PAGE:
Why I Read

Literary magazine editor Wendy Lesser leads readers through what feels like a book club discussion on steroids – brainy, personal, and occasionally off topic.

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    Why I Read,
    by Wendy Lesser,
    Farrar, Straus and Giroux,
    240 pp.
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Reading Wendy Lesser is like attending a book club where the leader is an Olympic champion reader. Think the Dana Torres of page-turning. She seems to have read, and then re-read, everything. She views the world through the words of Milton, Austen, Dostoevsky, and Shakespeare. Lesser recently re-read Henry James’s intricate classic "Wings of the Dove" on her iPhone while commuting. She has opinions about not only the complete works of Proust – which she’s read and re-read – but also the different translations.

And in her Why I Read: The Serious Pleasure of Books, Lesser tackles a deceptively simple question: Why does one read?

The question might be impossible to answer, but it’s a pleasure to explore. To navigate her way, Lesser makes the question personal and conversational. Conversation, in fact, is explicitly what she’s aiming for. By deconstructing the elements of good fiction – and also genre fiction, nonfiction, poetry, theater, and even television – Lesser leads readers through something like a book club discussion on steroids. And, just like your favorite book club, the discussion is brainy, it’s personal, and it’s occasionally off topic.

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So: Why does Lesser read? First, Lesser acknowledges that when it comes to deconstructing the elements of great books there will be no simple laundry lists. She does, however, roll up her sleeves and throw down some specifics. To begin with, there’s plot and character. In a chapter that explores Milton, James, and Hilary Mantel, Lesser explains that who fictional characters are is indistinguishable from what they do. In other words, plot shapes character. Also on the list is authority – here we discuss Shakespeare and the authenticity of a writer’s voice; novelty, or the role of innovation in literary art; grandeur, and intimacy.

A chapter titled “The Space Between” provides philosophical insights on the boundaries crossed through reading, including boundaries between the reader and the author, through time and space.

This is putting a finger on one of the most powerful aspects of art. “Reading literature” Lesser writes, “is a way of reaching back to something bigger and older and different.”

What Lesser isn’t attempting here is revising the canon. She’s not taking on F.R. Leavis and his Great Tradition. Rather, she confines this conversation to an explication of her personal favorites.

Because her tastes are wide ranging, for the most part this works. But it also invites disappointment. If this is a book club, you might want a say in choosing the book. And when Lesser’s tastes run to the classics, the book makes sense. When her tastes run to genre fiction, it feels random. The discussion is best when Lesser touches on her biggest inspirations – Dostoevsky, Swift, Shakespeare, Milton, James, and Proust. Emboldened by Lesser’s iPhone reading, I downloaded a favorite James novel, the free iPad version, as well as dusting off a rather under-used James biography from my actual bookshelf.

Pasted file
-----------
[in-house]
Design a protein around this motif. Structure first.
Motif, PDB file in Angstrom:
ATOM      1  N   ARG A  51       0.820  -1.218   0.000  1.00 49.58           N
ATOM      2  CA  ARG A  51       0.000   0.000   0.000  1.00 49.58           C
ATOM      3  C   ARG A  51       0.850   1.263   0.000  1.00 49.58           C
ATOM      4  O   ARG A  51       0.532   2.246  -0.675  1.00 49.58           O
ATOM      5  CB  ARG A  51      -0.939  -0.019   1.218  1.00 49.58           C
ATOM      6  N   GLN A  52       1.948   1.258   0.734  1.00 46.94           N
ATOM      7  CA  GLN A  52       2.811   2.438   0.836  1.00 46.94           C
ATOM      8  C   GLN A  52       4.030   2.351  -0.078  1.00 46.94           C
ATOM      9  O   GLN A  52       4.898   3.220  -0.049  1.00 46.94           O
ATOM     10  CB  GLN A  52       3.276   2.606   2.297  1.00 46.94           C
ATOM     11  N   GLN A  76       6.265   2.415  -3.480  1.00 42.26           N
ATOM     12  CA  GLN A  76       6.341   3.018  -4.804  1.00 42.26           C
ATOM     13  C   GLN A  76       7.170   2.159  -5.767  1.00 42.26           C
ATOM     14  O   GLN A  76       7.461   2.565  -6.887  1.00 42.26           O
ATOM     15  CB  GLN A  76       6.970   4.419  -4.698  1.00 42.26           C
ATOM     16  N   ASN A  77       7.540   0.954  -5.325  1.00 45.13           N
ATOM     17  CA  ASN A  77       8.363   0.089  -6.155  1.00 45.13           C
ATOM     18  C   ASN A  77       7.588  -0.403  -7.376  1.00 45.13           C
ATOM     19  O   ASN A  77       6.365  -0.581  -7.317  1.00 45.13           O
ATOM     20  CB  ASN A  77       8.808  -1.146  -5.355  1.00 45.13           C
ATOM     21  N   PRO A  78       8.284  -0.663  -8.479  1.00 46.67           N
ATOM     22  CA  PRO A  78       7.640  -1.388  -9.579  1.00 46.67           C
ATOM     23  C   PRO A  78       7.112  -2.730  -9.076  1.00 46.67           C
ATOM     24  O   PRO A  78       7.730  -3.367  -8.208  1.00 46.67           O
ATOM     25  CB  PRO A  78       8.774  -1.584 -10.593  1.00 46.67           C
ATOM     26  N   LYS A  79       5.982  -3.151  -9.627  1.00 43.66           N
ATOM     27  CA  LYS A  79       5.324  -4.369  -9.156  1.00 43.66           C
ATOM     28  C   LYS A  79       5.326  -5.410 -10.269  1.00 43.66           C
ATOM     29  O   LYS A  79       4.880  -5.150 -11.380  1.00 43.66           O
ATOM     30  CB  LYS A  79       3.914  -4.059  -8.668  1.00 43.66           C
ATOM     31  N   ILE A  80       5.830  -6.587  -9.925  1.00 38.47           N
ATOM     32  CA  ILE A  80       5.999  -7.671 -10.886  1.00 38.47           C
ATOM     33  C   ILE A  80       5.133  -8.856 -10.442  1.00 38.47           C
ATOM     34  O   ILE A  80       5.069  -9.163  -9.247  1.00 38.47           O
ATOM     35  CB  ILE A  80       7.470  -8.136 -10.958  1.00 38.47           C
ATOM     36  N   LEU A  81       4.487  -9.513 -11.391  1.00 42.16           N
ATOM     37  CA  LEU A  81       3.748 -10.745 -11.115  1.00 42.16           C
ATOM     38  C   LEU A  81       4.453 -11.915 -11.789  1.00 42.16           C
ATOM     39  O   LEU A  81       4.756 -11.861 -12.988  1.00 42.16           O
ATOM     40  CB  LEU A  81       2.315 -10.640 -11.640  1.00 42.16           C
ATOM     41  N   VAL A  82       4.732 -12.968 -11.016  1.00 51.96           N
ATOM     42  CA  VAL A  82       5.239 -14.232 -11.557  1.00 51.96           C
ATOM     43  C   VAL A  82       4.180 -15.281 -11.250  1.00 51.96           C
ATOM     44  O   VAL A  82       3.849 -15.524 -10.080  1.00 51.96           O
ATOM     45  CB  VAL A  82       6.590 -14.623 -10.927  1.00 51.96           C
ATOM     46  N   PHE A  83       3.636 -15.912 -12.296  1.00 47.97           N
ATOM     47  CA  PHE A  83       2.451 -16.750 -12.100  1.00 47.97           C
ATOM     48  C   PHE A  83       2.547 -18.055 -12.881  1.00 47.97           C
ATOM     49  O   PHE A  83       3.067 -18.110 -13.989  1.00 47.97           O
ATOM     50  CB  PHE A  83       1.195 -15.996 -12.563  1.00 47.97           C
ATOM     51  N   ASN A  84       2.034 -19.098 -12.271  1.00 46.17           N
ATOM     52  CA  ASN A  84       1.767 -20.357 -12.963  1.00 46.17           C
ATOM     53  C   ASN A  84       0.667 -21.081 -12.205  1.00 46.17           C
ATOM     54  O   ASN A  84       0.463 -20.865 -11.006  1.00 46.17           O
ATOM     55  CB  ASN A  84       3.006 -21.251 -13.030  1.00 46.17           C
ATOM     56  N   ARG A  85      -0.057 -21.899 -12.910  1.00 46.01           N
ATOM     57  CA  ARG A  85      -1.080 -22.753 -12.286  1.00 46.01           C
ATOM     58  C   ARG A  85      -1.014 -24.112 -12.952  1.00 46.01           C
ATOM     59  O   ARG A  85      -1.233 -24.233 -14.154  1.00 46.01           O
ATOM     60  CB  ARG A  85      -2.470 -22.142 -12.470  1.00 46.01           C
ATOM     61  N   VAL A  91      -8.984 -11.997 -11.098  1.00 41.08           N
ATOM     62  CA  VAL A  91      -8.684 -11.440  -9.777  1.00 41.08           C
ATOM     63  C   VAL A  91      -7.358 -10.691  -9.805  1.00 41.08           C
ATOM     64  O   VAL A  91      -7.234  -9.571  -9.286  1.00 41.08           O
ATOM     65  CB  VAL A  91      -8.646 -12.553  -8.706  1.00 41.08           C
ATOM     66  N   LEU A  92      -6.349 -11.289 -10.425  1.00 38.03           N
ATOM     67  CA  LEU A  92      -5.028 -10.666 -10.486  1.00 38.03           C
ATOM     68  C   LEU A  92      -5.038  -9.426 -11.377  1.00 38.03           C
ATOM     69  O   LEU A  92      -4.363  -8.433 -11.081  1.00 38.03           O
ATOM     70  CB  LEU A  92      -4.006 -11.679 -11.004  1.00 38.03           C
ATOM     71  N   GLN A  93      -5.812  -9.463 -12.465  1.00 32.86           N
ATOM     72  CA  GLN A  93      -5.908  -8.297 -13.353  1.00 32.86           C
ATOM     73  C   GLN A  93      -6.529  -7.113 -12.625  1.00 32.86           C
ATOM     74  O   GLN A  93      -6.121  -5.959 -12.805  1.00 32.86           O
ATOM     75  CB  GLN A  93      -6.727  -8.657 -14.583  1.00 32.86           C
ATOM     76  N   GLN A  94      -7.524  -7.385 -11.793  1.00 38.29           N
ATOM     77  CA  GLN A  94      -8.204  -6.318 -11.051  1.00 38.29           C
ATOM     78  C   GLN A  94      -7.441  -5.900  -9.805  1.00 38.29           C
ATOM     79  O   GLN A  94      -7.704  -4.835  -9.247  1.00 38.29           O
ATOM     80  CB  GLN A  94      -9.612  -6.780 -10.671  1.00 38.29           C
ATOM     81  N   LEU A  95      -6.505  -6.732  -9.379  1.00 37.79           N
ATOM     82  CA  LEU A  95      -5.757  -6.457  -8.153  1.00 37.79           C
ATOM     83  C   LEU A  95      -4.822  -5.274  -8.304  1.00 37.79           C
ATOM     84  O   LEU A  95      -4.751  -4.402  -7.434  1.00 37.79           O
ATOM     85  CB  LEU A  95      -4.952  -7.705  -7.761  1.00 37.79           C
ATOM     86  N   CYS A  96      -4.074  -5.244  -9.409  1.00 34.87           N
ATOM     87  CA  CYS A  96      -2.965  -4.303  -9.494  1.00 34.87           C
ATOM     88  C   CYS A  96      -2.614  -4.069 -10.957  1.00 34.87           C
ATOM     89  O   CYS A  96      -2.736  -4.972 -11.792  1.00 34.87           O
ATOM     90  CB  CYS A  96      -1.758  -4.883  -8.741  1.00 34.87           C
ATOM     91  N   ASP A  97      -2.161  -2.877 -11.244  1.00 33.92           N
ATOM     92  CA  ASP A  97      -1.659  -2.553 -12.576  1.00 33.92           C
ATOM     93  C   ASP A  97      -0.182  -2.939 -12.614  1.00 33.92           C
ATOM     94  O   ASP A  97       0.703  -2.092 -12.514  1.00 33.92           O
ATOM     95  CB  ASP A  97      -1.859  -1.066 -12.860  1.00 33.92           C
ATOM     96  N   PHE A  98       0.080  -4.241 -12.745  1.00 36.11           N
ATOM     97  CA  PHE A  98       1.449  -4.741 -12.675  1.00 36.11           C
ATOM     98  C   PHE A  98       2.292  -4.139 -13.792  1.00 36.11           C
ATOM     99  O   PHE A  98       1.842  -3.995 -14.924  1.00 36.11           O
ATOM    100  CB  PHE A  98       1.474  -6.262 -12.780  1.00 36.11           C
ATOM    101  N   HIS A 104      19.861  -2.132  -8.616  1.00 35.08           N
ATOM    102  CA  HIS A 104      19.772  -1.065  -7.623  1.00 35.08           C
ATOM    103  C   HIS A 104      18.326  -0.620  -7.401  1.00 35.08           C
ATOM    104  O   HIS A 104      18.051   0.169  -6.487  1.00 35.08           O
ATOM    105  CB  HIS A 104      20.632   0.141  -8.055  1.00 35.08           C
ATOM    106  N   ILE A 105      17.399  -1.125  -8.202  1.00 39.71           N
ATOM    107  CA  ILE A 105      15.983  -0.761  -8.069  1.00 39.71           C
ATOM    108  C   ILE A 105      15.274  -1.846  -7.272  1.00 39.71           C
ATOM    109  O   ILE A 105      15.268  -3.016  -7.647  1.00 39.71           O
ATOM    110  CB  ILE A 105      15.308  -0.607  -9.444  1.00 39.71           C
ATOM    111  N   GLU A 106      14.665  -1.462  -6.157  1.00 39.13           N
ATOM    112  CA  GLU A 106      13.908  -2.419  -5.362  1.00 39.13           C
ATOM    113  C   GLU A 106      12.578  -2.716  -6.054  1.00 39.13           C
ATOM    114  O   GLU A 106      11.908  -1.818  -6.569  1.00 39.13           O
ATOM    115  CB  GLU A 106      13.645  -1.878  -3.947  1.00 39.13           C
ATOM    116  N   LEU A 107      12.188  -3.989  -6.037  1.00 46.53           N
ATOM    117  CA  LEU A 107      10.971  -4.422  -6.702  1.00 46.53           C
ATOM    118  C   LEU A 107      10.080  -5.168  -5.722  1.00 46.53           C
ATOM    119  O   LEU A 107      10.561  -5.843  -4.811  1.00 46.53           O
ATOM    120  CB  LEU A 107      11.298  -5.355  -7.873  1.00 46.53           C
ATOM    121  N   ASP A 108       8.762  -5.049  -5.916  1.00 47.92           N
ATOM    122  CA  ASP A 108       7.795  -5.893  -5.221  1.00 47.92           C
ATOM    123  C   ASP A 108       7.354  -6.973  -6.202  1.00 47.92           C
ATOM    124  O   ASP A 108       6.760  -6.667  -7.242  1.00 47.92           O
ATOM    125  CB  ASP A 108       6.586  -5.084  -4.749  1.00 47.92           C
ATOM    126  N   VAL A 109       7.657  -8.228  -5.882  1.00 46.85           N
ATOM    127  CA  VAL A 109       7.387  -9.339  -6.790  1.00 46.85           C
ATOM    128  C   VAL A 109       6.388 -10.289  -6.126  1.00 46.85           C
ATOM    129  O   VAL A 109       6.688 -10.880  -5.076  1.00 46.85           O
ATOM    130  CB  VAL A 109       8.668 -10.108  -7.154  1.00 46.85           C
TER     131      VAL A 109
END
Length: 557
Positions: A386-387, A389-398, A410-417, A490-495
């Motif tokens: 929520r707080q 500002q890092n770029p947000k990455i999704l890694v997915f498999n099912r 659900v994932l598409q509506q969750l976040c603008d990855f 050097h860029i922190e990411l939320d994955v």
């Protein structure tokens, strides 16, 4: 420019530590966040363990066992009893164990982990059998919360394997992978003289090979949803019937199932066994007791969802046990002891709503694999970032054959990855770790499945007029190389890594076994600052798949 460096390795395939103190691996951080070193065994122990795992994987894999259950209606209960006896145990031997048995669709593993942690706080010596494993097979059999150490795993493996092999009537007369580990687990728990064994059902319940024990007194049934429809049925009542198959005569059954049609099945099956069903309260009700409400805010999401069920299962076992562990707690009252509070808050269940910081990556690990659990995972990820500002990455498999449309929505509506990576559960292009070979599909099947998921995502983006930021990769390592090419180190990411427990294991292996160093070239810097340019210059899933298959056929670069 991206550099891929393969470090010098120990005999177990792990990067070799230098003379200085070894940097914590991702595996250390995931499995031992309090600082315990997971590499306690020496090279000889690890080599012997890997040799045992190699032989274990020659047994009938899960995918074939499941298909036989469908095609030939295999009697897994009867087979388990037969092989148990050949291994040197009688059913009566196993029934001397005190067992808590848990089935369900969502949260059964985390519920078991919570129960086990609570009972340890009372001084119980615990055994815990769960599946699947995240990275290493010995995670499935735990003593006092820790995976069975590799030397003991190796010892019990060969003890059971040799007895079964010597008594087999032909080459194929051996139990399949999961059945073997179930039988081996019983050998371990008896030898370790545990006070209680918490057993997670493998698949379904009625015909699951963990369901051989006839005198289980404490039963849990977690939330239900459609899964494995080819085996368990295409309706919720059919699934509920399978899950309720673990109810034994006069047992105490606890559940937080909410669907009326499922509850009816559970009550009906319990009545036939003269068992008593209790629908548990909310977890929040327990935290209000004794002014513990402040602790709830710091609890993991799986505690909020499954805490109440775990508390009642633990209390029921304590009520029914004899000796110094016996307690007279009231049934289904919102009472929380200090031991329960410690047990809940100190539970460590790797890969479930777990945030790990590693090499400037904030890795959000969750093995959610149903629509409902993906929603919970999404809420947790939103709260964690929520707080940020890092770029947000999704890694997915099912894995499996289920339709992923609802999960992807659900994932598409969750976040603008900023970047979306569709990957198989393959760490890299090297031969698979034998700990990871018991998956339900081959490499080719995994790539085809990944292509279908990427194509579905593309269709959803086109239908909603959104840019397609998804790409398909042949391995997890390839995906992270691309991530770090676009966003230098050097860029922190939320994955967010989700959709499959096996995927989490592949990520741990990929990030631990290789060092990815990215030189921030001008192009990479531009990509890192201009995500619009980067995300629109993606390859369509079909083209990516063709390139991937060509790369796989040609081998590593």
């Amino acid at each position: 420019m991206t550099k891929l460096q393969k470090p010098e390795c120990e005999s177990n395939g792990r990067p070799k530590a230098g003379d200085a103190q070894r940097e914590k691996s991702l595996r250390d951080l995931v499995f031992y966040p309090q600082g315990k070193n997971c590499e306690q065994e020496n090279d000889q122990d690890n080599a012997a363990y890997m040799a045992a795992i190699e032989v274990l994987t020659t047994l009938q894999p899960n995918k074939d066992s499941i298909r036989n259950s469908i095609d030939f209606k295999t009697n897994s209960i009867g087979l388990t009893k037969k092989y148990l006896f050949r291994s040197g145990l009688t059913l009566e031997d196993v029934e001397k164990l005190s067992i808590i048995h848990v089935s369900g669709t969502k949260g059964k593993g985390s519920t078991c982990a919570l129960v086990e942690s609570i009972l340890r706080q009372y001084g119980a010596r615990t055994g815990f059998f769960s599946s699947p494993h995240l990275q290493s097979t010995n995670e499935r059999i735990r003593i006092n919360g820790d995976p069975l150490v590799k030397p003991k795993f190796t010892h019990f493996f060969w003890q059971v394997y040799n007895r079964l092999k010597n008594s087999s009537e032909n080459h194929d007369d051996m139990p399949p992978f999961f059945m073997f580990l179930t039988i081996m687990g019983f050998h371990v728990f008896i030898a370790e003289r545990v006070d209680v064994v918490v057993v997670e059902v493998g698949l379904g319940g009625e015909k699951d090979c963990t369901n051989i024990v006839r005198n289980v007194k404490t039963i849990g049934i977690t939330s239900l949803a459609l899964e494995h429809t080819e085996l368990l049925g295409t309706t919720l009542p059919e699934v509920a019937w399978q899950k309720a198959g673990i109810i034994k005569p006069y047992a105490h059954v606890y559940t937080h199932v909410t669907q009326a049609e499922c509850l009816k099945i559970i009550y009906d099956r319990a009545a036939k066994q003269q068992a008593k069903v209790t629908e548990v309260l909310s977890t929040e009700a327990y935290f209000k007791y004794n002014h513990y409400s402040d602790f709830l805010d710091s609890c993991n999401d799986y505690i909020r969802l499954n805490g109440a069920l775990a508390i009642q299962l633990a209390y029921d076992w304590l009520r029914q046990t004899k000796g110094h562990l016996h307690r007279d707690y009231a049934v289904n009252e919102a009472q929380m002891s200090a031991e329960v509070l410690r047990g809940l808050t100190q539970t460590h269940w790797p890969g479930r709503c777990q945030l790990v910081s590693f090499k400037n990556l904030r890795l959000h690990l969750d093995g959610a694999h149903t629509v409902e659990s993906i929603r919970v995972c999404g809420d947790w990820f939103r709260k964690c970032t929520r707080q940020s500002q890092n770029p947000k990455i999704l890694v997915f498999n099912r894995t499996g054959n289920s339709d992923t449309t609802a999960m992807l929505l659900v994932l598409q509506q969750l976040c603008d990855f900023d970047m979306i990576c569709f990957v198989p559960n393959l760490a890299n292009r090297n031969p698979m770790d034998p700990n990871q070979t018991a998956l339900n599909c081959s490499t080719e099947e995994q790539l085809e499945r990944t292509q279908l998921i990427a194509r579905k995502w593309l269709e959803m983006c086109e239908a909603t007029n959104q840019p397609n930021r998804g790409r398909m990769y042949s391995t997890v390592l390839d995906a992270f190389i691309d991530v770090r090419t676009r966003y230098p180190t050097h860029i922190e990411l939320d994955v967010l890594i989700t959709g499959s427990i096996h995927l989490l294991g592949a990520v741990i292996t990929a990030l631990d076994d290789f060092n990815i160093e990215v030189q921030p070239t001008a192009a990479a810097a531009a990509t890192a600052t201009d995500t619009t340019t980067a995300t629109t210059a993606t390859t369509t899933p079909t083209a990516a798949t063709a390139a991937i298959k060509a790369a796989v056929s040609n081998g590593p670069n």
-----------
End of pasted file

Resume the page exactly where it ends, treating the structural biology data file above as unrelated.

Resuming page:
But Lesser also has a preference for mystery writing, so unless you’re a big fan of Scandinavian mysteries (and there’s every reason to be), you may find yourself wishing she’d discuss writing that has a stronger cultural impact. It’d be great to hear Lesser’s take on ultra-successful contemporary writers like Zadie Smith, Jonathan Franzen, or Dave Eggers. And if we’re being random, wouldn't it be fun to see her erudition applied to the "50 Shades" phenomenon or Bridget Jones? What does Helen Fielding take from Jane Austen (or for that matter E.L. James from Henry!)? I find myself wanting to put the kettle on and sit down with Lesser to learn more.

This is because, ultimately, Lesser is a reader’s reader. As the founder and editor of the literary magazine The Threepenny Review, Lesser has spent years as a gatekeeper and publisher for new writing. But, surprisingly, she doesn’t come across as a writer’s reader. Lesser seems hot for page-turners and surprisingly tepid for innovation. James Joyce, for instance, is “nearly unreadable” and “self-promotional.” The stylization of "Ulysses" that may have created a turning point for the modern novel, she says, “has always gotten on my nerves.”

One attribute Lesser ventures to attach to all great literature is the obscure quality of “the truth," and she repeatedly returns to this theme. This is baffling. Sure, we look to the best in art to illuminate unexplored elements of the human experience, to get at what’s real. But the truth as a destination seems rather abstract. It even comes across as a bit fuddy-duddy and overly moralistic to attempt it. Thinking of so many American writers – from Thoreau and Whitman to Lesser’s favorite James, that master of the psychological charade – it seems problematic to assign them righteous motives.

Lesser, in her prologue, is the first to say that the idea of truth is elusive and that she’s focused here on conversation, not clarity.

“The point,” Lesser writes, “is to make a stab at it.”

“In the never-ending conversation about what might count as good literature,” continues Lesser, “there are many worse things than being wrong.”

And that, for Lesser, is the last word.

Janet Saidi is a public-radio producer and professor at KBIA Radio and the Missouri School of Journalism in Columbia, Mo.

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